I replied to most of the tweets to encourage further participation. I retweeted every response so they could interact with each other—and to show people they would get a free retweet if they participated. I know, dirty trick, playing on my friends’ egos like that, but it was for a good cause, right? I mean, as long as we’re being all market research-y on their ass in the first place, we might as well get down.
Besides, it was fun.
This Is the Part Where I Backpedal
I tell you all this for context—a luxury my followers didn’t have at the time—and to help you decide whether the responses to my question represent the broader culture. (At the time, my followers were a pretty general audience.)
I can’t say for certain whether my particular “Twitter focus group” methods culled more genuine responses about masculinity than a regular human conversation would have done. What matters is I was trying to get at the truth—the real truth, not the probably-trues that we all accept, internalize and forget about.
So here is how, subjected to the awesome power of my (amateur, likely impotent) Jedi mind tricks, some of my followers responded to the question, “What is a real man?”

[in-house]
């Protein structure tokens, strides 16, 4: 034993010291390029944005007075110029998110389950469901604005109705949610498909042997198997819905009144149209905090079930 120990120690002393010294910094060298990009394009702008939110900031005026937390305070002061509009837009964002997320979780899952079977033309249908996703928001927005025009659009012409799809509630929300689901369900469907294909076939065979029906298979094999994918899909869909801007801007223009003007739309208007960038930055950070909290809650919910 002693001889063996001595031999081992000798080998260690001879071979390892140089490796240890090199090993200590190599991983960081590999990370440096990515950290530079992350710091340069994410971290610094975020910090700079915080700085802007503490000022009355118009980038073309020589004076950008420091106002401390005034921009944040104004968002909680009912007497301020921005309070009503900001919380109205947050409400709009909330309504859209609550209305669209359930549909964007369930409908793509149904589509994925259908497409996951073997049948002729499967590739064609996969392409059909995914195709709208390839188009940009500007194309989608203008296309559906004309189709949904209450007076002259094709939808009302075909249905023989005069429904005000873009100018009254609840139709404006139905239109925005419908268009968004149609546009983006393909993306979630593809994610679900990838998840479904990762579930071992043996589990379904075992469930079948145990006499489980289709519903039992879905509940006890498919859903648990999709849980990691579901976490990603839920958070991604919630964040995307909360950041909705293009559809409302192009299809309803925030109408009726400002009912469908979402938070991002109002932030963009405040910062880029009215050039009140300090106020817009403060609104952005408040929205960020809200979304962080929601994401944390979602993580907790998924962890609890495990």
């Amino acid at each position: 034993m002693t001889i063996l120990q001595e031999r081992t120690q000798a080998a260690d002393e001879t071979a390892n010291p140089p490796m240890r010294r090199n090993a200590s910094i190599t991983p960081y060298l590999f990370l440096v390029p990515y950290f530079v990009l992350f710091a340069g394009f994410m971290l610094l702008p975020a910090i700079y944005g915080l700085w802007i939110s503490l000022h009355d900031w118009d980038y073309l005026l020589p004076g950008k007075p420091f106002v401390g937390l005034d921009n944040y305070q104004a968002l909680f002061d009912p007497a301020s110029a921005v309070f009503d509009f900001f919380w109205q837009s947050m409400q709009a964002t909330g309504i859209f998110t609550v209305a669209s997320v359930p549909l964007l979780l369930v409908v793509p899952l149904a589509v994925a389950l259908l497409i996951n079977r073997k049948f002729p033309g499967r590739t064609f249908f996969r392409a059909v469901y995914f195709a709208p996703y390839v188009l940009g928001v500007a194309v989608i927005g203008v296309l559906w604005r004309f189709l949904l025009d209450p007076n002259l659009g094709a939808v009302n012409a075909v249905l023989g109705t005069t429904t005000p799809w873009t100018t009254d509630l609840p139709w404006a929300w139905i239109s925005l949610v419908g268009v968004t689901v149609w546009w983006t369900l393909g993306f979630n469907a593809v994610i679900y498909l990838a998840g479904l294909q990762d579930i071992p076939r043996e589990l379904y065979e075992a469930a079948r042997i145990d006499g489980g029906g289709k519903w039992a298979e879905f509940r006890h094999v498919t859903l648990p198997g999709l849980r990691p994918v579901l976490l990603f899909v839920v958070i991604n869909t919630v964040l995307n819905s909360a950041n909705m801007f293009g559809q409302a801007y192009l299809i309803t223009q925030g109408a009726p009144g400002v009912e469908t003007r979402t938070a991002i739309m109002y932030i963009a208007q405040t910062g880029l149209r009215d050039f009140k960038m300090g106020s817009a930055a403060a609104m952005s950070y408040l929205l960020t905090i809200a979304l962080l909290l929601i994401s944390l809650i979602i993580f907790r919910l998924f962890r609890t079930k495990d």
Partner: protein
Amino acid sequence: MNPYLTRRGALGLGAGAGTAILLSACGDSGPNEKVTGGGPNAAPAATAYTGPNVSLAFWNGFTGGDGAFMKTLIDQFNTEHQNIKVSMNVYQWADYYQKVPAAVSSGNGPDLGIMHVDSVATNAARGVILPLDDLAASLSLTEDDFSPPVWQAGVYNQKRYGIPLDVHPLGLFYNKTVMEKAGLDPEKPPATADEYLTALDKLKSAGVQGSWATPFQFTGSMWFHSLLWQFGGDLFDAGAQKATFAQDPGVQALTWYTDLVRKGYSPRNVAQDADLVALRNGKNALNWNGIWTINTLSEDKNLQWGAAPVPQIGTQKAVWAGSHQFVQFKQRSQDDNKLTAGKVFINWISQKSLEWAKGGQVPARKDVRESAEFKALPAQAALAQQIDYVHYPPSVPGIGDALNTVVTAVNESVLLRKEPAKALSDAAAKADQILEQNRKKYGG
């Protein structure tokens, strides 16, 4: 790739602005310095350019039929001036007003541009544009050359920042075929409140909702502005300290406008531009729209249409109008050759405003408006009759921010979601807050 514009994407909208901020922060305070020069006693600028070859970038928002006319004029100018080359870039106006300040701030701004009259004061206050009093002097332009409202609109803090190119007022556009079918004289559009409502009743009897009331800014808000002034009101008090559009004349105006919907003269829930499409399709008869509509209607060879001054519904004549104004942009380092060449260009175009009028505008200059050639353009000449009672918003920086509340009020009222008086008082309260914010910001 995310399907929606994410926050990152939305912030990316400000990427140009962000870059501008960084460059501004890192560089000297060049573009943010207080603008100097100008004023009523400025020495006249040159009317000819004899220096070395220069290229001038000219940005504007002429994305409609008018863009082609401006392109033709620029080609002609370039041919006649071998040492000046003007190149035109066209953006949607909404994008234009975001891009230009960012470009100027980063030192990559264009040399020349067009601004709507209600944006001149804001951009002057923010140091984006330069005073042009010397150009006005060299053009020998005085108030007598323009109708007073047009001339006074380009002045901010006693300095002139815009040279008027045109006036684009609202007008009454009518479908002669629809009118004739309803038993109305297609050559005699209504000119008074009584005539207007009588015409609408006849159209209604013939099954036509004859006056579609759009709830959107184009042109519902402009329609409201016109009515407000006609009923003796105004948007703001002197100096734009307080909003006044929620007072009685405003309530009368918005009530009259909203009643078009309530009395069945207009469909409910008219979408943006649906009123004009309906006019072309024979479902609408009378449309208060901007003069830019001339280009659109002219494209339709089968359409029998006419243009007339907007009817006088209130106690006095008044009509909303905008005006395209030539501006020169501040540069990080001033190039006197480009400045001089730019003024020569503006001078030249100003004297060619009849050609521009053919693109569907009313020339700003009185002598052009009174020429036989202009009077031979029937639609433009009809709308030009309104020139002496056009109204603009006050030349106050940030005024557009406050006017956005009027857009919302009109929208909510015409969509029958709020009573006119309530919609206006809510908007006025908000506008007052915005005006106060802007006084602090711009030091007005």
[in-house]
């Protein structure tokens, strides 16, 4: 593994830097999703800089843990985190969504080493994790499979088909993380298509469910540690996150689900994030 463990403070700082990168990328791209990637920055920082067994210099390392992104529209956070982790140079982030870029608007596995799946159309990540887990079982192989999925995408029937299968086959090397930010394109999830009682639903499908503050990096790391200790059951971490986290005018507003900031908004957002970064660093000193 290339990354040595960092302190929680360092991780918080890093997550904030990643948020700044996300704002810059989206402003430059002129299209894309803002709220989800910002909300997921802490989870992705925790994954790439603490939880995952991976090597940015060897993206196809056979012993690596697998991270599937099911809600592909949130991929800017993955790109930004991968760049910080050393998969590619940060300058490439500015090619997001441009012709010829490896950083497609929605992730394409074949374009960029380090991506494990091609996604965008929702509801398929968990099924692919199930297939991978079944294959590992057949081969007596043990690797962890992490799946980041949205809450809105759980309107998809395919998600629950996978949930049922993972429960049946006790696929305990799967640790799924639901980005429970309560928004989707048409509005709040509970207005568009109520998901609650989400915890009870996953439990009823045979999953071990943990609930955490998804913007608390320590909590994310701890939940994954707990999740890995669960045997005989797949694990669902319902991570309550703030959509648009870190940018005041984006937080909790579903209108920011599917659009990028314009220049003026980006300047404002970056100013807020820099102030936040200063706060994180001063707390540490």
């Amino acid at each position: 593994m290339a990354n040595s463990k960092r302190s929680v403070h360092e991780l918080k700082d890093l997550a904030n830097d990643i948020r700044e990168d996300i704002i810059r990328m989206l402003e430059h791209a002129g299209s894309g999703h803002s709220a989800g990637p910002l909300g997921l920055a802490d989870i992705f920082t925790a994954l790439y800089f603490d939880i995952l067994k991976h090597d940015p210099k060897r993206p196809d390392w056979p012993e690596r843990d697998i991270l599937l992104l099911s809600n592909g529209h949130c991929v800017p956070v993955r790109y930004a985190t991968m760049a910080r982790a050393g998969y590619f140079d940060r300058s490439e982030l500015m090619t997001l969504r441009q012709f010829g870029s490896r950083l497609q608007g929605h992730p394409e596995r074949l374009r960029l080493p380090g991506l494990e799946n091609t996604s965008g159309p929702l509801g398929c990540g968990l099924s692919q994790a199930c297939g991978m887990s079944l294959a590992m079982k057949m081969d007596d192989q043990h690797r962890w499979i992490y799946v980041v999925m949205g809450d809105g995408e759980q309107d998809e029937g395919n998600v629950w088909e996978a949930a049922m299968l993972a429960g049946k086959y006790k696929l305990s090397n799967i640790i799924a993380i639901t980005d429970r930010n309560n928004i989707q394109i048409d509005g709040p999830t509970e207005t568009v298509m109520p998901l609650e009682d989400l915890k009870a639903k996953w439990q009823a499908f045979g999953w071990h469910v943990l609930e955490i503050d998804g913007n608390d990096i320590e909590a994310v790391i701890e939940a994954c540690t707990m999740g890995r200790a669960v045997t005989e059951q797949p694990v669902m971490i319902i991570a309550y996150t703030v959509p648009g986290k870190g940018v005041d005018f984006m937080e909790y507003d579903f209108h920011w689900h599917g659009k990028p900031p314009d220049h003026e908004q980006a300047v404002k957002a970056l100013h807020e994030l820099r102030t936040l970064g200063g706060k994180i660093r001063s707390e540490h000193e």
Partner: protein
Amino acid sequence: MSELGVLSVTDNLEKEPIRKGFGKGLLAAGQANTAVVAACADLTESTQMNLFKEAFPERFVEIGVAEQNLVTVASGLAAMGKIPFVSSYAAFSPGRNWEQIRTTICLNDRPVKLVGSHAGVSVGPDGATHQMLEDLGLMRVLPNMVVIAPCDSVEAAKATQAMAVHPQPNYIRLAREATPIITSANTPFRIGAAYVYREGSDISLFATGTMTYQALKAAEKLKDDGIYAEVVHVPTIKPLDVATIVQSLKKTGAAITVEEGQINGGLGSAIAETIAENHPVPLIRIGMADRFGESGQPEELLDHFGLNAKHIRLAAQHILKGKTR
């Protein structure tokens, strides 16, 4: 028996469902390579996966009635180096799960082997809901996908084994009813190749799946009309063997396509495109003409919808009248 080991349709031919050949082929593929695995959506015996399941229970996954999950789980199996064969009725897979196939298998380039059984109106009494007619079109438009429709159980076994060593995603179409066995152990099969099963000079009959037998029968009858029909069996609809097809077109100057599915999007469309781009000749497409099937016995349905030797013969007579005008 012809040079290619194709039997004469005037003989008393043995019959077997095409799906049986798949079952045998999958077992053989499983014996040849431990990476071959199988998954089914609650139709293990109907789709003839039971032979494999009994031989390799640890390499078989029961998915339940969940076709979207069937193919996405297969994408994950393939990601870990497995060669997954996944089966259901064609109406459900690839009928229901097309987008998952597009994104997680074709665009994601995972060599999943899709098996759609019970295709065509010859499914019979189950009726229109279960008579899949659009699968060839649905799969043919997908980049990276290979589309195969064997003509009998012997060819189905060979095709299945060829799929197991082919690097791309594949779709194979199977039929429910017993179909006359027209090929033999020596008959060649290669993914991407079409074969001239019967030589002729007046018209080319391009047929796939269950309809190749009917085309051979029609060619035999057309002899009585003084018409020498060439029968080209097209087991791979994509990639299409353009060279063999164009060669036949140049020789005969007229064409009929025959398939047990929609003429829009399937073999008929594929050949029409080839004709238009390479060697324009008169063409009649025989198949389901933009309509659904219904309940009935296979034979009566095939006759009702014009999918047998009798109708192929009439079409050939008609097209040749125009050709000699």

It’s all relative.
Daniel Boone, if you’re to believe the theme song. (And who doesn’t?)
I love Daniel Boone. Not the real one, the TV one. The one that was a “real man.” The TV one.
A real man is a male that has realized the essence of maturity.
A boy that has faced his fears and can commit to family and community.
Edmund Hillary, who, when he returned from reaching the summit of Everest, famously said, “We knocked the bastard off.”
Check out @PePeLeDouche. Real man all over the place. Prime example.
This @PePeLeDouche character is evidence that the modern man is sadly in the dark as to what it means to express his masculinity.
The advent of the douchebag is perhaps attributable to a failed attempt at defining “real man.”
I’ve made a real fool of myself mistaking a very gay man for one of most masculine men I’d ever met. Couple of women too!
I’d have to say my 6-yr old. He always holds the door open for me and sweetly says, “Ladies first.” Real “man” there!
A man who is confident in who he is, and treats a woman with respect, love and careful honesty.
That is an unanswerable question.
Just be real.
Stands up for what he believes in, willing to consider other perspectives, doesn’t take himself too seriously. Can express feelings, creative thinker, fun, willing to help others and community. Oh, and a great sense of humor.
Re: “Is there anything a ‘real man’ would never do?” Worry about being a real man.
Are you STILL talking about men crying? 😉
If we want to identify the roots of the problems we face as men, women, humans, and participant species on planet Earth, we have to dig ever deeper into the soil of each other’s hearts and minds. I encourage you to start strange conversations in unexpected places—and don’t be afraid to look silly while you’re at it. We’ve got your back.